While I don’t believe there’s anything like a law that good and evil have to be in balance, the headlines of the past few months seem to give that impression. Even as the countries of the West shed their theocratic past and progresses toward a brighter and more secular future, there’s never been a blacker time to be a freethinker in the Muslim world.
ISIS continues its rampage through Iraq and Syria, imposing theocracy through slaughter and erasing the cultural patrimony of the human race. Its newest conquest is the ancient and archaeologically priceless city of Palmyra, now in the path of destruction like others before it.
Meanwhile in Bangladesh, atheist bloggers are being hacked to death in the streets by Islamist thugs while the government sits on its hands. Just after I wrote about the horrific murder of Dr. Avijit Roy in March, two more secular writers, Washiqur Rahman and Ananta Bijoy Das, were killed. Many of the atheists who remain in Bangladesh are in hiding, afraid that their nominally secular, democratic country is sliding into Taliban-like fundamentalism. This would be a huge loss for a land with an ancient and proud tradition of freethinking:
Rejections of faith, questioning and godlessness are as indigenous to this region as is the staple food, rice. As early as 600 BC the ideas of Carvaka, a philosophy that rejected then-predominant Hinduism, Buddhism and Jainism, was openly debated and contemplated.
But in spite of horrors like these, the news isn’t all bleak. There’s an iron curtain of theocracy that stretches across the Islamic world, especially the Arab nations, which maintains the official fiction that no one lives in these places except faithful Muslims. But the truth is that atheism is alive and well behind that curtain, despite all attempts by the rulers to stamp it out.
As reported by Ahmed Benchemsi in the New Republic, the powerful Dar al-Ifta religious institution absurdly claimed that there are less than 3,000 atheists in the entire Arab world, combined population 300 million. The reality is that atheists are far more numerous in Arab nations than the authorities would like to admit, even if many of them have to keep quiet about their disbelief or seek refuge in anonymity:
Large numbers of individuals are tilting away from the rote religiosity Westerners reflexively associate with the Arab world. In 2012, a wide-ranging WIN/Gallup International poll found that 5 percent of Saudi citizens — more than a million people — self-identify as “convinced atheists,” the same percentage as in the United States. Nineteen percent of Saudis — almost six million people — think of themselves as “not a religious person.” (In Italy, the figure is 15 percent.)
… “My guess is, every Egyptian family contains an atheist, or at least someone with critical ideas about Islam,” an atheist compatriot, Momen, told Egyptian historian Hamed Abdel-Samad recently. “They’re just too scared to say anything to anyone.”
Yet all this pressure combined hasn’t been enough to silence the voices of disbelief. On average, one in five Arab people express some degree of religious doubt, even more in some countries like Tunisia and Lebanon. Most ex-Muslims came to their atheism the same way as ex-Christians in the West: becoming aware of the fallacies and contradictions of theology, or firsthand experience with the cruelty and absurdity of fundamentalism. And while a sort of benign hypocrisy about religion is widespread, making a public argument for atheism is rarely tolerated. Incredibly brave freethinkers like Hamza Kashgari, Imad Iddine Habib and Raif Badawi have faced – in some cases are still facing – prison time and death over mere tweets, cartoons or blog posts.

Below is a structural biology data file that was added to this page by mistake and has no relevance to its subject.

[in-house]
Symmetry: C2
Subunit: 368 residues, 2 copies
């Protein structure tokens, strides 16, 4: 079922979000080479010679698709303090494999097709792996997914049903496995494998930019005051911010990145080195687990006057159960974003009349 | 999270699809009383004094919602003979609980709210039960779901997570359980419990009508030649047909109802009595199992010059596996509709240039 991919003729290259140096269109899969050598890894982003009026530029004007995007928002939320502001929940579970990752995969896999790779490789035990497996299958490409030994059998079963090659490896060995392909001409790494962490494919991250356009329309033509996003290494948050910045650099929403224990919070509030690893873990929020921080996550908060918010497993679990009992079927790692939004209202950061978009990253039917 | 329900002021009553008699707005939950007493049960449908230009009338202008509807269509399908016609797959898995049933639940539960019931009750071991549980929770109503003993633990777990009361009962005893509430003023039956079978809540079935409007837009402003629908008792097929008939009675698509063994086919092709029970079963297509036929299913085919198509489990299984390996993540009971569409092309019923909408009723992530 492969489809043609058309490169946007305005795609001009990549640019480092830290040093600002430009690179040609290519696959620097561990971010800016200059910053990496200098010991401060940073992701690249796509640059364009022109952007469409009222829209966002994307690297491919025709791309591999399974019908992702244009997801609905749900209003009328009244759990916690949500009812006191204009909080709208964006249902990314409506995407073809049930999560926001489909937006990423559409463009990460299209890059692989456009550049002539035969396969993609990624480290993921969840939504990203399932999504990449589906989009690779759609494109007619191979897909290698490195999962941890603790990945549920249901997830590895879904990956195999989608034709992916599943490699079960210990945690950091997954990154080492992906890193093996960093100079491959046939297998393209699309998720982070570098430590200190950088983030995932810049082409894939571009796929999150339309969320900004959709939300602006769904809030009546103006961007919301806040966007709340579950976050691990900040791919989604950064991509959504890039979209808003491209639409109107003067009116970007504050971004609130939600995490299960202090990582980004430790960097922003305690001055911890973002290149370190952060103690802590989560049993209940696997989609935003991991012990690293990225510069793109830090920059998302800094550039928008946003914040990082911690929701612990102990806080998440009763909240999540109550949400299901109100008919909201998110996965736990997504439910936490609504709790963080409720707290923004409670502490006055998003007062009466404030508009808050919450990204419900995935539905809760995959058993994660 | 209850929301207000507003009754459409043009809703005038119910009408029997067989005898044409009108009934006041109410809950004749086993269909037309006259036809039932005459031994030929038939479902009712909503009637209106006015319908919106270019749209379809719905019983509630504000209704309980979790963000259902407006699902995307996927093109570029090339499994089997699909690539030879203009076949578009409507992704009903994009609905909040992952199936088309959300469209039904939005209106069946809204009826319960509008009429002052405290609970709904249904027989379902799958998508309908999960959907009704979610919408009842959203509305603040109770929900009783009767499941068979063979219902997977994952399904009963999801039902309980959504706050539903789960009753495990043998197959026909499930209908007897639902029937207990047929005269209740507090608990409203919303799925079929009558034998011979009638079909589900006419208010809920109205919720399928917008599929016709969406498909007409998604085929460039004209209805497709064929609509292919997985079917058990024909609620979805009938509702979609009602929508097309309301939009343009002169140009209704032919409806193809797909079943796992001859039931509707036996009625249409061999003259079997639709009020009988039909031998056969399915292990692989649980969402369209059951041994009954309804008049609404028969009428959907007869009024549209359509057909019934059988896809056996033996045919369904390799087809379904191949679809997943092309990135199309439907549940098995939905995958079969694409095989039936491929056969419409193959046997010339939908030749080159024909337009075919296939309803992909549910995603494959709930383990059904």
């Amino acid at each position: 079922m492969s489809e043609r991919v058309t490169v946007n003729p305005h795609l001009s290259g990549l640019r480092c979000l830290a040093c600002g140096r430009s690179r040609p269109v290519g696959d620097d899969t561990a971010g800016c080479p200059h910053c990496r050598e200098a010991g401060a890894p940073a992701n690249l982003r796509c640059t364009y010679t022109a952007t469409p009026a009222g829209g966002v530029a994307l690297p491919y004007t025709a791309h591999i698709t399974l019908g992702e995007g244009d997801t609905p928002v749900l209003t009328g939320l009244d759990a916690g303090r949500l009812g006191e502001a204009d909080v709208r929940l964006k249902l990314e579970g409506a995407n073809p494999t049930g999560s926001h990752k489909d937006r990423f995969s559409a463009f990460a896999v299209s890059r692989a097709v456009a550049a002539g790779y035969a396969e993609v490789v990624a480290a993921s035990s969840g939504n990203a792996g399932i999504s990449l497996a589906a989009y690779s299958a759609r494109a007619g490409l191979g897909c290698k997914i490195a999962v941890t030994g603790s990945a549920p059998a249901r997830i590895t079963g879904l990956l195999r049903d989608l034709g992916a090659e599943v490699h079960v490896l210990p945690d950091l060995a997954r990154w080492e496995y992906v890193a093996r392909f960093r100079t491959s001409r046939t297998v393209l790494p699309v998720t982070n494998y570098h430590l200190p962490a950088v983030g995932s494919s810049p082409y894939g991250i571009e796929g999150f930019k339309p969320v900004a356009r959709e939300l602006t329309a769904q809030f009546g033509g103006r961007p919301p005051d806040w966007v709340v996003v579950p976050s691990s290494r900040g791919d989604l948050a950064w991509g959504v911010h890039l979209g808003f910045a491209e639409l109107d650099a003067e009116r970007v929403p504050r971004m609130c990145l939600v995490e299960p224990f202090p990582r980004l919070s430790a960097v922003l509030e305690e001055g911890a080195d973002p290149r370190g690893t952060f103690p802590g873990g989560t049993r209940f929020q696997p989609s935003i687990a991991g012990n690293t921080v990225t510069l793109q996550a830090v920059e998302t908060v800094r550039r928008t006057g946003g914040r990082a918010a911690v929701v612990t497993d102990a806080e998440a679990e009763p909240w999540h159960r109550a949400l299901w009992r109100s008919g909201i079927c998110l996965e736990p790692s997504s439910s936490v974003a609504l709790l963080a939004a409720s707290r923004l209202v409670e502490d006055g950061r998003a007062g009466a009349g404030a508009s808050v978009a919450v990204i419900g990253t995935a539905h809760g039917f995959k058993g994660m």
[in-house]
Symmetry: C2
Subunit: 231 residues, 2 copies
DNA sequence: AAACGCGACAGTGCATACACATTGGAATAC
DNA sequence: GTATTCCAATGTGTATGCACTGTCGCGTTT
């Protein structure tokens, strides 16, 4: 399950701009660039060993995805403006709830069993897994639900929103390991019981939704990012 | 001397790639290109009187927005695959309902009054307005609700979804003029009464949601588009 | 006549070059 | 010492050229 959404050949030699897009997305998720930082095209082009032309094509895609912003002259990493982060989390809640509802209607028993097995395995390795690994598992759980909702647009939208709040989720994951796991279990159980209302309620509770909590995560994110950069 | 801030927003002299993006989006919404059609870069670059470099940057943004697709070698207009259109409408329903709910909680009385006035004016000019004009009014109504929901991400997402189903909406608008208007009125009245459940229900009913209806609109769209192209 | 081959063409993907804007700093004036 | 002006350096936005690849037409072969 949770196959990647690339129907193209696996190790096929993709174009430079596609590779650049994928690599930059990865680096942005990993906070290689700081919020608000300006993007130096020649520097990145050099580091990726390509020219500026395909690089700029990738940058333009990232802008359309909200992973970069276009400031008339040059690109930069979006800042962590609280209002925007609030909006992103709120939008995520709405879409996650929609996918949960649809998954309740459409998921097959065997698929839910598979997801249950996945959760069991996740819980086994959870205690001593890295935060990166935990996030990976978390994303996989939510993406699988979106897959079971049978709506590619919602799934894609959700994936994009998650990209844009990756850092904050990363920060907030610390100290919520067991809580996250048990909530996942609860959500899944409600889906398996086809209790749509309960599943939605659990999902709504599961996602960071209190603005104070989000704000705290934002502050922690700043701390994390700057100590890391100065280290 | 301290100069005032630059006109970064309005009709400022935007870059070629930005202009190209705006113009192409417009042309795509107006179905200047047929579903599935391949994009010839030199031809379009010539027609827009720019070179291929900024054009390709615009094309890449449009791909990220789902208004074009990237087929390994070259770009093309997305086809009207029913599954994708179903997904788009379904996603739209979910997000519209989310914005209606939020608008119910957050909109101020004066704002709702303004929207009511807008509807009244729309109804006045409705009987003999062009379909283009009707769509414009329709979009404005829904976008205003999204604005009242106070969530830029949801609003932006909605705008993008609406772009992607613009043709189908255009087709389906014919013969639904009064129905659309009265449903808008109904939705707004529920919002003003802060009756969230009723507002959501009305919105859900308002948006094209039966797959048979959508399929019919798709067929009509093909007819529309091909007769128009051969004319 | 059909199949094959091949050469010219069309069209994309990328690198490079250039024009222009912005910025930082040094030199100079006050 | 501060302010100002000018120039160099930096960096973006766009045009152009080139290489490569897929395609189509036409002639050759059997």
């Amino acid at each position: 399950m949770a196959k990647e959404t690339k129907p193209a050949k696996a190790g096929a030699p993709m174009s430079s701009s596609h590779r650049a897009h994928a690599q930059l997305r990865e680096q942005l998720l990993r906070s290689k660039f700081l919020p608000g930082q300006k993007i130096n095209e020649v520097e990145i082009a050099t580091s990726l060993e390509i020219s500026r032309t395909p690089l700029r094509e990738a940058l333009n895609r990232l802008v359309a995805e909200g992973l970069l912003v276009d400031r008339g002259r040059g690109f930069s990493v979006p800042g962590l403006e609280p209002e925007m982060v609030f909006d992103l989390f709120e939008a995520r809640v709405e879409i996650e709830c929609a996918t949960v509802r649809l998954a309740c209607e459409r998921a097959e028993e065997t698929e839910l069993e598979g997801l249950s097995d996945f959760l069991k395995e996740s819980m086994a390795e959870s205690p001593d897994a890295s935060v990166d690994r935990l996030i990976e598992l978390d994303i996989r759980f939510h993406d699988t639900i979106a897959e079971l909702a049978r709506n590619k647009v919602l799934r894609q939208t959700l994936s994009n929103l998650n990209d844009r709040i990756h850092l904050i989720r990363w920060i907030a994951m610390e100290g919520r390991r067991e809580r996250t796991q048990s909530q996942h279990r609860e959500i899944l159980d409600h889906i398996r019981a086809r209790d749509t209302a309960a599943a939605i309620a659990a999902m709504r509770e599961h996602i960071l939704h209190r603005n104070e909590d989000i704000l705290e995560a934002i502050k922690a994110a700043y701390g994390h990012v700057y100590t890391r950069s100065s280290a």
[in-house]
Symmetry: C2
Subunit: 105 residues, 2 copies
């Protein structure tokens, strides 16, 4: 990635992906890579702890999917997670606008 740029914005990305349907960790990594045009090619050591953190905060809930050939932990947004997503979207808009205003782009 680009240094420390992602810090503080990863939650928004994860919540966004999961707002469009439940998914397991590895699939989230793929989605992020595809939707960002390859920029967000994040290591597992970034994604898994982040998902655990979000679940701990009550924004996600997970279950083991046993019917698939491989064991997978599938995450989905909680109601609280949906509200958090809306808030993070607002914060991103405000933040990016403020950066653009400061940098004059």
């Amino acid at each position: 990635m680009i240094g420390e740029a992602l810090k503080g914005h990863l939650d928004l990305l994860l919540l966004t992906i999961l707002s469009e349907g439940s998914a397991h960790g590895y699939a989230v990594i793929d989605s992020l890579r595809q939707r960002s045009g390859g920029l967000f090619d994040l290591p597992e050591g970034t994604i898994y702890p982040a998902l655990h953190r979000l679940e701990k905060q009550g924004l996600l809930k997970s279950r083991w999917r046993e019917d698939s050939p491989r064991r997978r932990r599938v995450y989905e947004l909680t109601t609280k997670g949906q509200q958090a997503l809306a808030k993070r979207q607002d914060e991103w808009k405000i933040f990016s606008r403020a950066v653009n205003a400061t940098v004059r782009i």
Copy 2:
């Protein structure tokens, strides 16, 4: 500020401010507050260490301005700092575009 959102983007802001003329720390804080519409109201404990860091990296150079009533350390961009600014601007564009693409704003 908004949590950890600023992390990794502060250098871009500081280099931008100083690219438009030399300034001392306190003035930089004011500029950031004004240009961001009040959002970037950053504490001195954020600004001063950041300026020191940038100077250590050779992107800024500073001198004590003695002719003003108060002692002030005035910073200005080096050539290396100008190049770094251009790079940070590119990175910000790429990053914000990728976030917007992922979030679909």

Even within Muslim communities in Western countries, where the danger of blasphemy laws doesn’t hang overhead, ex-Muslims have to resist immense social pressure. That’s the message of this long, outstanding Guardian article, Losing their religion: the hidden crisis of faith among Britain’s young Muslims:
As Simon Cottee, author of a new book The Apostates: When Muslims Leave Islam, says: “In the western context, the biggest risk ex-Muslims face is not the baying mob, but the loneliness and isolation of ostracism from loved ones. It is stigma and rejection that causes so many ex-Muslims to conceal their apostasy.”
Like the gay liberation movement of a previous generation, Muslim apostates have to fight for the right to be recognised while knowing that recognition brings shame, rejection, intimidation and, very often, family expulsion.
…Vali has seen his mother just once for a few minutes four years ago. “She didn’t want to touch me,” he says. “She thought her God would be angry with her if she treated me kindly.”
Although the Arab Spring failed everywhere except Tunisia, it seems inevitable that there will eventually be a democratic revolution in the rest of the Arab world. Whether it will be another ten years or another two hundred, I wouldn’t even want to guess. It’s likely that the relative progress of the West has delayed it by acting like a safety valve, allowing secular dissidents to leave for other countries instead of staying and making trouble in their own. But at the same time, that allows those dissidents to incubate new ideas and export them back to their home countries. Together with evidence that freethought is secretly thriving in even the harshest Islamic theocracies, I have reason to hope that it’s only a matter of time before these walls of dogma crumble like all the rest.